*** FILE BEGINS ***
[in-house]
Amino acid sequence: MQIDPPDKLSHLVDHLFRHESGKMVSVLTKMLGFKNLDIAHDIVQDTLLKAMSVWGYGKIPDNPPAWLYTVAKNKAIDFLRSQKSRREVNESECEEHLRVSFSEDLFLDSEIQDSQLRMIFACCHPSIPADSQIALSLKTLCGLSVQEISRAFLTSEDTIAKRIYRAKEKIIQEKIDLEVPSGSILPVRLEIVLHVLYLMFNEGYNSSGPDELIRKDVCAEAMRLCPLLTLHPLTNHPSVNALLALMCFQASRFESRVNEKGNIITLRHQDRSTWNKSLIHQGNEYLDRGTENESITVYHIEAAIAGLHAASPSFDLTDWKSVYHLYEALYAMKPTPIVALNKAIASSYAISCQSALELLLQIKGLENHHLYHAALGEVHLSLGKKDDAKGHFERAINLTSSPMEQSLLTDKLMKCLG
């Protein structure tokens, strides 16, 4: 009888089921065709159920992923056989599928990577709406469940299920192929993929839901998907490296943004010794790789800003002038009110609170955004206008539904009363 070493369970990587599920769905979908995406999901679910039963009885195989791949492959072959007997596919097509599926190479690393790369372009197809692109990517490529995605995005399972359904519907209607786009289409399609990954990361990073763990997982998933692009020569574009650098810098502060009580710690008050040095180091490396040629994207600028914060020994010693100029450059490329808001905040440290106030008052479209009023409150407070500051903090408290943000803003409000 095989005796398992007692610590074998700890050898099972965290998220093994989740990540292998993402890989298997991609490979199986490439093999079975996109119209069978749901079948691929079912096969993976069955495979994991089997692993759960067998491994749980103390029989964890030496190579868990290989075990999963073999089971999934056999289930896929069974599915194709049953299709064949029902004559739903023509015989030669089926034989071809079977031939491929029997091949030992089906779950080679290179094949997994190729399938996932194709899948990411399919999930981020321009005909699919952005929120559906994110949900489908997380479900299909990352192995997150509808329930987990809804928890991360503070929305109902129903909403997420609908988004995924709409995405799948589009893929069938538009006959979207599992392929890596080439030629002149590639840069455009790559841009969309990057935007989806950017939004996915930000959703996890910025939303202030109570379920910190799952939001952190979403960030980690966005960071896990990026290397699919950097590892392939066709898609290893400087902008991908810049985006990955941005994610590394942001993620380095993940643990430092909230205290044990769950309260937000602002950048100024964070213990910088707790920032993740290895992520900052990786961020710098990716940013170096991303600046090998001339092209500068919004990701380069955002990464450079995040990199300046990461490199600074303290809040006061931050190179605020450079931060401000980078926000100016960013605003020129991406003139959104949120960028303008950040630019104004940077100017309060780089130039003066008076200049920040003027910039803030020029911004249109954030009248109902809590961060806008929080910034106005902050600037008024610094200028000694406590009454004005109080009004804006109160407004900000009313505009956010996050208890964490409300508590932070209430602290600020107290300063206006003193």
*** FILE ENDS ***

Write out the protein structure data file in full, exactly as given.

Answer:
[in-house]
Amino acid sequence: MQIDPPDKLSHLVDHLFRHESGKMVSVLTKMLGFKNLDIAHDIVQDTLLKAMSVWGYGKIPDNPPAWLYTVAKNKAIDFLRSQKSRREVNESECEEHLRVSFSEDLFLDSEIQDSQLRMIFACCHPSIPADSQIALSLKTLCGLSVQEISRAFLTSEDTIAKRIYRAKEKIIQEKIDLEVPSGSILPVRLEIVLHVLYLMFNEGYNSSGPDELIRKDVCAEAMRLCPLLTLHPLTNHPSVNALLALMCFQASRFESRVNEKGNIITLRHQDRSTWNKSLIHQGNEYLDRGTENESITVYHIEAAIAGLHAASPSFDLTDWKSVYHLYEALYAMKPTPIVALNKAIASSYAISCQSALELLLQIKGLENHHLYHAALGEVHLSLGKKDDAKGHFERAINLTSSPMEQSLLTDKLMKCLG
């Protein structure tokens, strides 16, 4: 009888089921065709159920992923056989599928990577709406469940299920192929993929839901998907490296943004010794790789800003002038009110609170955004206008539904009363 070493369970990587599920769905979908995406999901679910039963009885195989791949492959072959007997596919097509599926190479690393790369372009197809692109990517490529995605995005399972359904519907209607786009289409399609990954990361990073763990997982998933692009020569574009650098810098502060009580710690008050040095180091490396040629994207600028914060020994010693100029450059490329808001905040440290106030008052479209009023409150407070500051903090408290943000803003409000 095989005796398992007692610590074998700890050898099972965290998220093994989740990540292998993402890989298997991609490979199986490439093999079975996109119209069978749901079948691929079912096969993976069955495979994991089997692993759960067998491994749980103390029989964890030496190579868990290989075990999963073999089971999934056999289930896929069974599915194709049953299709064949029902004559739903023509015989030669089926034989071809079977031939491929029997091949030992089906779950080679290179094949997994190729399938996932194709899948990411399919999930981020321009005909699919952005929120559906994110949900489908997380479900299909990352192995997150509808329930987990809804928890991360503070929305109902129903909403997420609908988004995924709409995405799948589009893929069938538009006959979207599992392929890596080439030629002149590639840069455009790559841009969309990057935007989806950017939004996915930000959703996890910025939303202030109570379920910190799952939001952190979403960030980690966005960071896990990026290397699919950097590892392939066709898609290893400087902008991908810049985006990955941005994610590394942001993620380095993940643990430092909230205290044990769950309260937000602002950048100024964070213990910088707790920032993740290895992520900052990786961020710098990716940013170096991303600046090998001339092209500068919004990701380069955002990464450079995040990199300046990461490199600074303290809040006061931050190179605020450079931060401000980078926000100016960013605003020129991406003139959104949120960028303008950040630019104004940077100017309060780089130039003066008076200049920040003027910039803030020029911004249109954030009248109902809590961060806008929080910034106005902050600037008024610094200028000694406590009454004005109080009004804006109160407004900000009313505009956010996050208890964490409300508590932070209430602290600020107290300063206006003193």